When did Jesus become "Lord Jesus"?

And as they were stoning Stephen, he called out, ‘Lord Jesus, receive my spirit.’” (Acts 7.59)

The question of “When?” in regards to the ascension of Jesus to the position of Lord is obviously not a valid one, since implied in the question is the assumption of a previous, not-lord, state. John 1.1, Genesis 1.26, and numerous other passages refute the concept that Jesus was ever not God, Lord, etc. We even see that Jesus Himself recognizes His own lordship in different statements to both His disciples, the crowds, and even the Pharisees. One clear example of this is found in John 8, where after describing how God has already glorified Him in v.54, Jesus makes it clear exactly who He is: “Jesus said to them, “Truly, truly, I say to you, before Abraham was, I am.” (v.58) It is also valuable to note that the Jews understood precisely what Jesus meant, based on their attempt to stone Him for blasphemy in the following verse.

However, the question of “When did Jesus become Lord Jesus?” is a valuable one to think about. This is not a question of whether or not Jesus was Lord before the disciples recognized Him as such, but rather when (and more importantly, why) did the disciples and apostles begin calling Jesus by the name “Lord Jesus” (which would also include references to “Lord Jesus Christ” and all other similar constructions)?

The disciples of Jesus, as well as the crowds and even some of the Jewish leadership recognized Jesus as a teacher, or Rabbi, very early on. (cf. John 1.38; Mark 9.5, Matthew 8.19, 9.11) Later on, Peter famously identifies Jesus as the Christ in Matthew 16.16, which is certainly a progression in His thinking about who He is. Jesus is also called “Lord” repeatedly in the gospel accounts by his disciples and many others. (this happens numerous times in Matthew 8, for example). But one thing that is remarkably amiss in the Gospels that is overwhelmingly present in almost every New Testament book afterwards is the description of Jesus as “Lord Jesus”.

There is more to this than just a simple name change. The phrase “Lord Jesus” occurs 100 times in the New Testament.  Paul refers to “Jesus our Lord” another 10 times, and this does not even account for all the various ways “Lord” and “Jesus” are packaged together throughout the Acts and Epistles. (Example: “As for the word that he sent to Israel, preaching good news through Jesus Christ (he is Lord of all). (Acts 10.36)). The last two verses of the Revelation both identify Jesus in this fashion: “He who testifies to these things says, ‘Yes, I am coming quickly.’ Amen. Come, Lord Jesus. The grace of the Lord Jesus be with all. Amen.” (22.20-21)

So to the curious mind this begs a simple question: why the change? What happened to cause those closest to Jesus (and in the case of Paul and others, those who would learn better who Jesus was) to suddenly be compelled to connect Jesus with Lord over and over again?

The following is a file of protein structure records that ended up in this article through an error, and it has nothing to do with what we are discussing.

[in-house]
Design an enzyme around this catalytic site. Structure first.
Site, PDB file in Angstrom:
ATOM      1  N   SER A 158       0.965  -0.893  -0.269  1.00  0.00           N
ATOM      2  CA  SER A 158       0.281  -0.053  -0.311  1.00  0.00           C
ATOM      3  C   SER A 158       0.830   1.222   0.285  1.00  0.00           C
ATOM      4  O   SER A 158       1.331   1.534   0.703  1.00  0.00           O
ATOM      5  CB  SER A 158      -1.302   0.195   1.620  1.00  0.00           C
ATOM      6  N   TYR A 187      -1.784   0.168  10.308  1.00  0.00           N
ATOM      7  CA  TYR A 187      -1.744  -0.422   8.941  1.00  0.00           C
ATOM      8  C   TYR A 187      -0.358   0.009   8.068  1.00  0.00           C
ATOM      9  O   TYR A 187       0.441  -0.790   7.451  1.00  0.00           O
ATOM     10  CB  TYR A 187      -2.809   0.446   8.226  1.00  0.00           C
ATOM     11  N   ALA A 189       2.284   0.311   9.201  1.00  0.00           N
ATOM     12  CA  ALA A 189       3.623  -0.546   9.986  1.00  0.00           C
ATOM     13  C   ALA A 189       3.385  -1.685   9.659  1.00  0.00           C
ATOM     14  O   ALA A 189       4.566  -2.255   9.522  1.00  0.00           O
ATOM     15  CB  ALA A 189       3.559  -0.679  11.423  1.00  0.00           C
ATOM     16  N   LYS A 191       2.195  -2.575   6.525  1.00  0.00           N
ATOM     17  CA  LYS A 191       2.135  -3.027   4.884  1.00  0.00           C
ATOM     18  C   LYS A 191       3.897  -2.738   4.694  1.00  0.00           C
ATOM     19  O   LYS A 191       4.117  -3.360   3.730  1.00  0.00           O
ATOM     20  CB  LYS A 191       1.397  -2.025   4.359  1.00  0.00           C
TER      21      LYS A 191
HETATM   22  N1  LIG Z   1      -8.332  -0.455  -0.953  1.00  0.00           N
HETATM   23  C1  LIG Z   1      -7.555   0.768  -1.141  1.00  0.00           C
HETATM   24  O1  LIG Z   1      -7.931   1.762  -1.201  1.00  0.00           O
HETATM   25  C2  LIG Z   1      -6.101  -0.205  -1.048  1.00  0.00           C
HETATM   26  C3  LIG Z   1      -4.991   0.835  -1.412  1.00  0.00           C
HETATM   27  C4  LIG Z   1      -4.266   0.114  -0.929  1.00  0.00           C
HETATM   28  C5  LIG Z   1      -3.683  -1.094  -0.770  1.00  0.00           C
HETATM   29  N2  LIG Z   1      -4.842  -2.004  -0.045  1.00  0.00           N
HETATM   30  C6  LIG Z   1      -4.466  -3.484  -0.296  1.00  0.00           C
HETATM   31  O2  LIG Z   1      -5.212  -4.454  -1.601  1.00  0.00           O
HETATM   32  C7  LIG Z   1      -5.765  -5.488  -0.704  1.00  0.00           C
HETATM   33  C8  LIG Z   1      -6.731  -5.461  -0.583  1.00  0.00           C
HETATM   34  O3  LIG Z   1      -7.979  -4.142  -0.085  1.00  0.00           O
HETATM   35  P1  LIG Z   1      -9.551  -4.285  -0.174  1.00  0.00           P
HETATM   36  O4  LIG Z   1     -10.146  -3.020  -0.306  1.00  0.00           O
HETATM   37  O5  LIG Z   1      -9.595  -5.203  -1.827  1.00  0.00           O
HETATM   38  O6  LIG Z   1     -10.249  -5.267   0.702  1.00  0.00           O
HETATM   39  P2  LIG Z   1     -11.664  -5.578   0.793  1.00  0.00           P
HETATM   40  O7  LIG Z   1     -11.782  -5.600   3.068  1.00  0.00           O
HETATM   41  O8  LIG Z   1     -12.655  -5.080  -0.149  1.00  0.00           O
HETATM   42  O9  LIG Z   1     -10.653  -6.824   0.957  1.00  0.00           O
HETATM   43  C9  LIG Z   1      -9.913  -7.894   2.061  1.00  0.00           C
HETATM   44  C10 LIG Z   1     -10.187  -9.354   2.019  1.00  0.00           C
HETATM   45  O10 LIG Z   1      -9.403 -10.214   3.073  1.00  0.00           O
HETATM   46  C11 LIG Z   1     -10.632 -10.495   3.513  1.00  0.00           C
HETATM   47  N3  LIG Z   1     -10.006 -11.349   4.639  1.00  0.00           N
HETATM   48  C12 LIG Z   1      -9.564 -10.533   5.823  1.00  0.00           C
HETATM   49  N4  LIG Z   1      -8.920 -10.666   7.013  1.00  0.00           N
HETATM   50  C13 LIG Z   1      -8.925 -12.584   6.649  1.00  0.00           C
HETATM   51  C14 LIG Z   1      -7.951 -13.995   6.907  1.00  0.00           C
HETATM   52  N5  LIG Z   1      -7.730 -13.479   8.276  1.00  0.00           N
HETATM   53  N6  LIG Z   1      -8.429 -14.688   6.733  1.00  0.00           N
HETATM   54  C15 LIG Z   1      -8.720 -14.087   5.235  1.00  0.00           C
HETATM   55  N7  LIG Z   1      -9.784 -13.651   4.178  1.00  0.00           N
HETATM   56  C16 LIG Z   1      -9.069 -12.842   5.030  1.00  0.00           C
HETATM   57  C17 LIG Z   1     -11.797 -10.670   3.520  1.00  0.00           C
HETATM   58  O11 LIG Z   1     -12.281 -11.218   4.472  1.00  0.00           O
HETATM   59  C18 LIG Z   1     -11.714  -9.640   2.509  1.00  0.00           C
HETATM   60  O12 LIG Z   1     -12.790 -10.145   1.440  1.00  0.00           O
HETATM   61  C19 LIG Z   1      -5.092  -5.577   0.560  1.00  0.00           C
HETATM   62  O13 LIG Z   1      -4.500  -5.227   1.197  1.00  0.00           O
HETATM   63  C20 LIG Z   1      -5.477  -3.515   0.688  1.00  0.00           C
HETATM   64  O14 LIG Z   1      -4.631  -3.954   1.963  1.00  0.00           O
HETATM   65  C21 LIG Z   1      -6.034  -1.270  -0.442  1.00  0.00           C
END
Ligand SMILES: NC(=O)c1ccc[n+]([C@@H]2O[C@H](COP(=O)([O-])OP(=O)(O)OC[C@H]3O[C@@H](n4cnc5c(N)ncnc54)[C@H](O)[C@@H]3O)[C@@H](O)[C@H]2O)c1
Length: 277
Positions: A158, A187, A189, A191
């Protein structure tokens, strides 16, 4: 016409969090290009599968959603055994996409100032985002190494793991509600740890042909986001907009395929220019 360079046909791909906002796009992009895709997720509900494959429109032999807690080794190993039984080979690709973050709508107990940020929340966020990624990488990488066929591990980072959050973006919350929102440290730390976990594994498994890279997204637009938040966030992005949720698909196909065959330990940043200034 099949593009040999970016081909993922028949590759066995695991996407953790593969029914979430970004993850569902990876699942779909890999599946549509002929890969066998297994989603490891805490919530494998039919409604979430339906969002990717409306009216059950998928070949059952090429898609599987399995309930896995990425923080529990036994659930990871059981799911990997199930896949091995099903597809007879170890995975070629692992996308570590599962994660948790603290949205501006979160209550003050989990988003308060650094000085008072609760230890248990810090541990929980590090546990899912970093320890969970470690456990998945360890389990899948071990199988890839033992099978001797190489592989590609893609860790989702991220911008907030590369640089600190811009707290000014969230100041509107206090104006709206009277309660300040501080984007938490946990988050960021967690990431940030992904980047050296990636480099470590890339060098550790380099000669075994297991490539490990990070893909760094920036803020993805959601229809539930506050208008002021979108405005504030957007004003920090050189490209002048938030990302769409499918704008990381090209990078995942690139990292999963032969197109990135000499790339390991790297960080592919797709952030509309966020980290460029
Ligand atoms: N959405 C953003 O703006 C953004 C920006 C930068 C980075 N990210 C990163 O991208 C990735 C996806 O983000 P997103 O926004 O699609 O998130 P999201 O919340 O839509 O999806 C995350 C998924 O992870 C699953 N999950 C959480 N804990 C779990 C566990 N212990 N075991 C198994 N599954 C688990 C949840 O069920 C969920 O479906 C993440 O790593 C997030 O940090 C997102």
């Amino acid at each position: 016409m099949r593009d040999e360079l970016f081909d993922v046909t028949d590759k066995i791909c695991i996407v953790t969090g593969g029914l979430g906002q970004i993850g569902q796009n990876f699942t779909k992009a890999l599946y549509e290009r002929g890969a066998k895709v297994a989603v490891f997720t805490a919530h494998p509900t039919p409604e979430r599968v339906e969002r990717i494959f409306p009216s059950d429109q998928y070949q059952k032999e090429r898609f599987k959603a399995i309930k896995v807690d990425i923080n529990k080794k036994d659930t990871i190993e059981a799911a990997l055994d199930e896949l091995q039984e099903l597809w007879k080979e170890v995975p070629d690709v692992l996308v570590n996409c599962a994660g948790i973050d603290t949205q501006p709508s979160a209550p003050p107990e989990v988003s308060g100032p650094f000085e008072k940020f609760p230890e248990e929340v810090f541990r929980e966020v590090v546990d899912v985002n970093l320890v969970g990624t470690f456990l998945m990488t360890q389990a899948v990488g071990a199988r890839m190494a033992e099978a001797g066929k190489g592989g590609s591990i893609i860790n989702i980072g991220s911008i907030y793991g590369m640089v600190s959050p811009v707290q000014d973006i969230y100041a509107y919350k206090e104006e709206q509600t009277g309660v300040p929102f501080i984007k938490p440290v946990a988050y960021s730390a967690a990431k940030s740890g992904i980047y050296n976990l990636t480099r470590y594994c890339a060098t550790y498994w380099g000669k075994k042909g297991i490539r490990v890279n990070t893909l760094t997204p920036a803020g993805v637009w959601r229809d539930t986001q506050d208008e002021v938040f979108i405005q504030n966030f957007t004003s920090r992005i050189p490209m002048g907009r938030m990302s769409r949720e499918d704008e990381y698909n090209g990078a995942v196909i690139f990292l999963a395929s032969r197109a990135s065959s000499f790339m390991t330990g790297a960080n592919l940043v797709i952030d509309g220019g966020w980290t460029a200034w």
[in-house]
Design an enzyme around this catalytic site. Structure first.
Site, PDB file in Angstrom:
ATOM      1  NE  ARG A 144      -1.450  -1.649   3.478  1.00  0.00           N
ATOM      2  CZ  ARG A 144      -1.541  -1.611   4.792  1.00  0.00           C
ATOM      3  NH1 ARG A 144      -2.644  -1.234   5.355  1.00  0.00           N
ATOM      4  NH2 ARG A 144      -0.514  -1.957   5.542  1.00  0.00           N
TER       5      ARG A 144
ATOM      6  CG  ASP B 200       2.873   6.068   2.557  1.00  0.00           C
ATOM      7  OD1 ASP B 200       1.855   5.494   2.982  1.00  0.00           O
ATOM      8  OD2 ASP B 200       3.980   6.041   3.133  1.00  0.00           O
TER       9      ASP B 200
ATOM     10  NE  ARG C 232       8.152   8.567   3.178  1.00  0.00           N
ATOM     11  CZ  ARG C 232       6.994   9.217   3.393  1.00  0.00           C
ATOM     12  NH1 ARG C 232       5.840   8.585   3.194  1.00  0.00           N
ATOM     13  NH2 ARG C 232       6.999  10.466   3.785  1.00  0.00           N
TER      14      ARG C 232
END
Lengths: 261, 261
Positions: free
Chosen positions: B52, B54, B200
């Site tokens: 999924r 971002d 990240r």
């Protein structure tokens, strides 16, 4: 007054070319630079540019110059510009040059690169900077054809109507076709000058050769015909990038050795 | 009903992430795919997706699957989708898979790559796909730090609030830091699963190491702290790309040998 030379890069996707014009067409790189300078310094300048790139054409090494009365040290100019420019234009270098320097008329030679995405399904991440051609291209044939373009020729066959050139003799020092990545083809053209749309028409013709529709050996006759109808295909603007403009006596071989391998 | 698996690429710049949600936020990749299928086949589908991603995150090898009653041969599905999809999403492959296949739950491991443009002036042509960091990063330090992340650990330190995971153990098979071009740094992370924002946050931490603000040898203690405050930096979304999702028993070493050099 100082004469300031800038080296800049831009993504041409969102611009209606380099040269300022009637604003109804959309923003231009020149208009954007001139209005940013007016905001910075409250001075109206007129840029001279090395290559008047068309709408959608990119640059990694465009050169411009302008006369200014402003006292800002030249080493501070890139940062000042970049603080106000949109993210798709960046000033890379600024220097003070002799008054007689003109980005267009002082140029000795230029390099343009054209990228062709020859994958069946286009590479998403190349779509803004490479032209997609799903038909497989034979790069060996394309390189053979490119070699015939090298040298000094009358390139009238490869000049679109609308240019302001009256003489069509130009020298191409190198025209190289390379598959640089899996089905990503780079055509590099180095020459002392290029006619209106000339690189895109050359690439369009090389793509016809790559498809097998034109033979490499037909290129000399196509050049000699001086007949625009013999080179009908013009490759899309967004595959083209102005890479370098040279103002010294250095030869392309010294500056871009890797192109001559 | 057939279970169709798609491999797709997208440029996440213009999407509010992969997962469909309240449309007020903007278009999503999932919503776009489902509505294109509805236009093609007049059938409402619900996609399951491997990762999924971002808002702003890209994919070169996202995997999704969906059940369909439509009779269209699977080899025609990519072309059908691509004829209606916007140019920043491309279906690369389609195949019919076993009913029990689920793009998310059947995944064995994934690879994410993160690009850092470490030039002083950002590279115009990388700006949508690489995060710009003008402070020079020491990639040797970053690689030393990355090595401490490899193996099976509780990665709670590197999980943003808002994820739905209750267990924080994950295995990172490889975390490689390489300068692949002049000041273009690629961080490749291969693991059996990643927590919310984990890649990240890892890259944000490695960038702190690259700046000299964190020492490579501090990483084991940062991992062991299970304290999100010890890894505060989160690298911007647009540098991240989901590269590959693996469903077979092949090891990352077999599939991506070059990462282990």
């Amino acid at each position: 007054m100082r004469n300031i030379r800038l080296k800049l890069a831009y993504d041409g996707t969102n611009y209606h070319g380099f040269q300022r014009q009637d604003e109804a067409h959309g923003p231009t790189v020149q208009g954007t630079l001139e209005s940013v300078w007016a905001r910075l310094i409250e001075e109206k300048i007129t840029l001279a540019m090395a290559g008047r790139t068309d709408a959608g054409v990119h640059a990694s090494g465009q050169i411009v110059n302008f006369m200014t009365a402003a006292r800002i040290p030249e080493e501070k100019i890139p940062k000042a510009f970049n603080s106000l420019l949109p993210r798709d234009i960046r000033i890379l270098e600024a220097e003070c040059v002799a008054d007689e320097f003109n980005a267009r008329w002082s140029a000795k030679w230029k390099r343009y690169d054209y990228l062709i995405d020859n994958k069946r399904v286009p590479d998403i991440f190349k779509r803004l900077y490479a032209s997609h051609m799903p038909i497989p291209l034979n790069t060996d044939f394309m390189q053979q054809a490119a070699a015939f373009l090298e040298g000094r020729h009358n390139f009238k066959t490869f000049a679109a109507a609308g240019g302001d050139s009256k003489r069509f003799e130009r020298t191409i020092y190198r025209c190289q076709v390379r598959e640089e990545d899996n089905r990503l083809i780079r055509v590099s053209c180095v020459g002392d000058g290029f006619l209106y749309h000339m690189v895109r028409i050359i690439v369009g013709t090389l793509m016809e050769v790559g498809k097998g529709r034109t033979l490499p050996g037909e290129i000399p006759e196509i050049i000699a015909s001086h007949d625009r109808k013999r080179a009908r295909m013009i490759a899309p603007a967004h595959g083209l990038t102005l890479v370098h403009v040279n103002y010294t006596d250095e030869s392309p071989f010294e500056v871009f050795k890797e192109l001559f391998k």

Perhaps the answer to this question lies in the first instances of this occurrence. Out of the 100 times “Lord Jesus” is used to refer to Jesus in the ESV and other translations (even the original Greek), only two of those occur in the Gospel accounts, and both of those in the same place in the story of Jesus’ life: Mark 16.19 and Luke 24.3.

So then the Lord Jesus, after he had spoken to them, was taken up into heaven and sat down at the right hand of God.” (Mark 16.19)

And they found the stone rolled away from the tomb, but when they went in they did not find the body of the Lord Jesus.” (Luke 24.2-3)

Notice the timing of which the name of Jesus is connected to the term Lord in both verses: after the Resurrection! It is a remarkable thing to see how before the Resurrection this connection is NEVER made, and then afterwards it is made OVER AND OVER AGAIN!

So convinced and convicted were the disciples of the Lordship of Jesus that Stephen utters the phrase “Lord Jesus” while being stoned to death! Paul, through inspiration, includes the phrase “Lord Jesus/Lord Jesus Christ” in every epistle except for Titus and 2nd Timothy. In fact, every N.T. writer uses the phrase at least once.

So what makes this more than just an interesting change in vocabulary?

The Resurrection of Jesus from the dead was the spark, the motivation, the raging fire lit under the disciples, apostles, and Christians of the 1st century. The Resurrection stirred them so deeply, and so securely cemented their faith that it changed how they spoke of Jesus, how they wrote of Jesus, and what they preached about Jesus. “Let all the house of Israel therefore know for certain that God has made him both Lord and Christ, this Jesus whom you crucified.” (Acts 2.36)

Christians, has Jesus’ death and resurrection changed our life in this drastic fashion? Has the Resurrection of Jesus changed even the way you think and speak about Jesus? The change observed in the disciples’ faith after the Resurrection is compelling and deeply challenging.

Has the Resurrection changed you?